LAWRENCE — Americans are hooked on the Netflix series “When They See Us,” which reconstructs the true story of five Harlem teens falsely accused of a brutal crime.
But a new study suggests entertainment programs about cases of wrongful conviction actually change public opinion more effectively than facts or statistics.
That’s the finding of Kevin Mullinix, assistant professor of political science at the University of Kansas. His article (co-written with Robert Norris) titled “Framing Innocence: An Experimental Test of the Effects of Wrongful Convictions on Public Opinion” can be found this month in the Journal of Experimental Criminology.
“Advocacy organizations often want to know, ‘How do we persuade people to care about this issue and support policy reforms?’ Our study would suggest that if you want people to support policy change, then you probably want to communicate accurate information through narratives and stories,” Mullinix said.
Mullinix noted that according to the National Registry of Exonerations, nearly 2,500 individuals in the United States were exonerated after being found guilty of crimes they did not commit over the last 30 years. Those convicted served an average of almost nine years in prison.
“When we give people numbers about a society, they think broadly, and it impacts things like their trust in the justice system,” he said. “When we give them a narrative such as ‘When They See Us’ that elicits emotional reactions, they get concerned and actively want change.”
Mullinix, an expert in public opinion and public policy, and Norris (author of “Exonerated: A History of the Innocence Movement”) began discussing this project while both were faculty members at Appalachian State University. They were first prompted by the “Serial” podcast, the Netflix docuseries “Making a Murderer” and increasing media attention to wrongful convictions.
“Any time there is an important problem in society that’s getting media attention, I usually want to know what the effects are on people’s attitudes. Is it shifting the way they’re thinking about the justice system? Is it impacting things like their punitiveness, their willingness to support capital punishment?” Mullinix said.
His methods hinged on two national surveys in which he embedded experiments to examine how wrongful convictions affect public opinion. These compared/contrasted statistical information about such convictions with stories spotlighting individual cases. More than a thousand people were surveyed in each study.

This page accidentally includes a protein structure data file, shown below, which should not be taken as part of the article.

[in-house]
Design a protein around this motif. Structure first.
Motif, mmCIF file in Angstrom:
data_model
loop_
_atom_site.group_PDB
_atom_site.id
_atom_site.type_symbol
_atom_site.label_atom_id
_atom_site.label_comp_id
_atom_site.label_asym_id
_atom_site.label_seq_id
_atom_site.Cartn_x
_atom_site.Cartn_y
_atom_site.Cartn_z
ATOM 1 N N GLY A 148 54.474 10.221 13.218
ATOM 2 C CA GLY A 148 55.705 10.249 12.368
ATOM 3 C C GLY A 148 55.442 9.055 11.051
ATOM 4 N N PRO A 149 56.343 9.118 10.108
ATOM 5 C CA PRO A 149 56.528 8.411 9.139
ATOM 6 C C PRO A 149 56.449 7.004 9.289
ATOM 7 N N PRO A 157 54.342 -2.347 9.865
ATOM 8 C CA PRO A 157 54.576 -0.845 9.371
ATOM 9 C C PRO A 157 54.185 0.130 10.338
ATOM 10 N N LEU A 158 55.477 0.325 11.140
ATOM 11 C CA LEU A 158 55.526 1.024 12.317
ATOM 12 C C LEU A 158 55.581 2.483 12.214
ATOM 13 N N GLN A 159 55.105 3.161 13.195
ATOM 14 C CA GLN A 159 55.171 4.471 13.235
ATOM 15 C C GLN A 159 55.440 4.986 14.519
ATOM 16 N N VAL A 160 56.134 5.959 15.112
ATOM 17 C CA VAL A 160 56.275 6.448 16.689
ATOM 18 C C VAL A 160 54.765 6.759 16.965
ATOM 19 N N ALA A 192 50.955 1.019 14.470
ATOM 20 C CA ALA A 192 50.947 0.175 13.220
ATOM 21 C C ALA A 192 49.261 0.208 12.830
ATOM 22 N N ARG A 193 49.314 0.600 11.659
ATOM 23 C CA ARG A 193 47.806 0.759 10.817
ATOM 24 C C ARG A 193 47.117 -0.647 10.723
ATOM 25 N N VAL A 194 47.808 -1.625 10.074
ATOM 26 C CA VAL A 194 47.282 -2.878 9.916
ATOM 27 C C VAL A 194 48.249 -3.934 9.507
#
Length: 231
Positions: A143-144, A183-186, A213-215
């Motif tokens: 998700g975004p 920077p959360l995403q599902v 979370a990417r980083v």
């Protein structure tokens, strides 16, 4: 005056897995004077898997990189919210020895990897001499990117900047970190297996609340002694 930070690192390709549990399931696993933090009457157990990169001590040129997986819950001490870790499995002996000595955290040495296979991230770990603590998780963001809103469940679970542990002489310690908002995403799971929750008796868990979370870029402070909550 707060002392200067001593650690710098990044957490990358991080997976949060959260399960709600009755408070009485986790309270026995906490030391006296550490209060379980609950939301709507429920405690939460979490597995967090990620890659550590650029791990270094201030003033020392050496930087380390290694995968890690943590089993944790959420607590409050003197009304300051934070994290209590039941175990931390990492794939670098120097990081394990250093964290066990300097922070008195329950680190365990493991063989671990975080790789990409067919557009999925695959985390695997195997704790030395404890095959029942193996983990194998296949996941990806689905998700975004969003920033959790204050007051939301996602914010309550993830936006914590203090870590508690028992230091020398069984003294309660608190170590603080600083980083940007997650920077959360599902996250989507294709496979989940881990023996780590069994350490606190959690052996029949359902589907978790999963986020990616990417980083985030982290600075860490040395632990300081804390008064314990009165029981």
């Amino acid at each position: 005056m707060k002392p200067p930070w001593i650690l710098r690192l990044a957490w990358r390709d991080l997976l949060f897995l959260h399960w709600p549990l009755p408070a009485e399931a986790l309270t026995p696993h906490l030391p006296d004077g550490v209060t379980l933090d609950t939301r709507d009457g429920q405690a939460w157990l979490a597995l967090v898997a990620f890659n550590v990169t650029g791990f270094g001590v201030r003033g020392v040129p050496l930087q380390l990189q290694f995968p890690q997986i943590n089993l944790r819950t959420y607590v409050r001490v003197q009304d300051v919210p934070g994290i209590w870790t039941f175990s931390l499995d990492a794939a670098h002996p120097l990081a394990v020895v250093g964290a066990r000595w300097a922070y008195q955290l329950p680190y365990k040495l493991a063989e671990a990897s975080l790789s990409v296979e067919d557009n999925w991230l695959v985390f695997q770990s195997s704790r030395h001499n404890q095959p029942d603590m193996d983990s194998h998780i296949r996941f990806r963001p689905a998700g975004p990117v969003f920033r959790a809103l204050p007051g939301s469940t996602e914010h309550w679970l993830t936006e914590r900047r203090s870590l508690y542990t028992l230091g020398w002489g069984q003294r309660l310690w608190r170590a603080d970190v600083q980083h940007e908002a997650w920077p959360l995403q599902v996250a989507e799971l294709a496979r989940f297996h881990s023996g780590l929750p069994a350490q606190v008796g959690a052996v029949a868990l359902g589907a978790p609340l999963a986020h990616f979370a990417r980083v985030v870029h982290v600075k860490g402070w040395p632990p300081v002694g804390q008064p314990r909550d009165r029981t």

The Topeka native explains that giving people only statistics makes them view cases as a general societal problem. But presenting a specific case narrative, which he terms an “episodic frame,” compels them to focus more on a particular individual and situation.
“It can also prompt these more emotional reactions that lead people to seek bigger policy changes. It’s on the narrative we see the bigger effect on death penalty attitudes and supporting policy reforms that mitigate a likelihood of wrongful convictions,” Mullinix said.
One of the obstacles when working with this topic is how unaware many people are to the prevalence of innocence among prisoners. (Just look at the case of the Central Park Five.)
“We tend to think the justice system gets it right most of the time,” he said. “It’s really easy for us to pretend that doesn’t happen or doesn’t happen with much frequency. But each one of the (thousands of) verified exonerations since 1989 is a story where somebody’s life was changed forever.”
Now that this information is out there, what kind of change is he hoping to induce?
“One of the big problems is with eyewitness testimony and eyewitness identification procedures. So you see some states and police jurisdictions making changes to that, forensic procedures and oversight, and to the way interrogations are conducted. Sometimes there are false confessions, and even things like videotaping interrogations can help with that,” he said.
Mullinix, who earned his master’s degree at KU and doctorate at Northwestern University, has just completed his first year back at his Jayhawk alma mater. He and Norris plan to expand their research into a book project.
He said, “I hope this calls attention and provides recognition to the power of narratives to prompt concern about important problems and shape attitudes we thought were pretty entrenched.”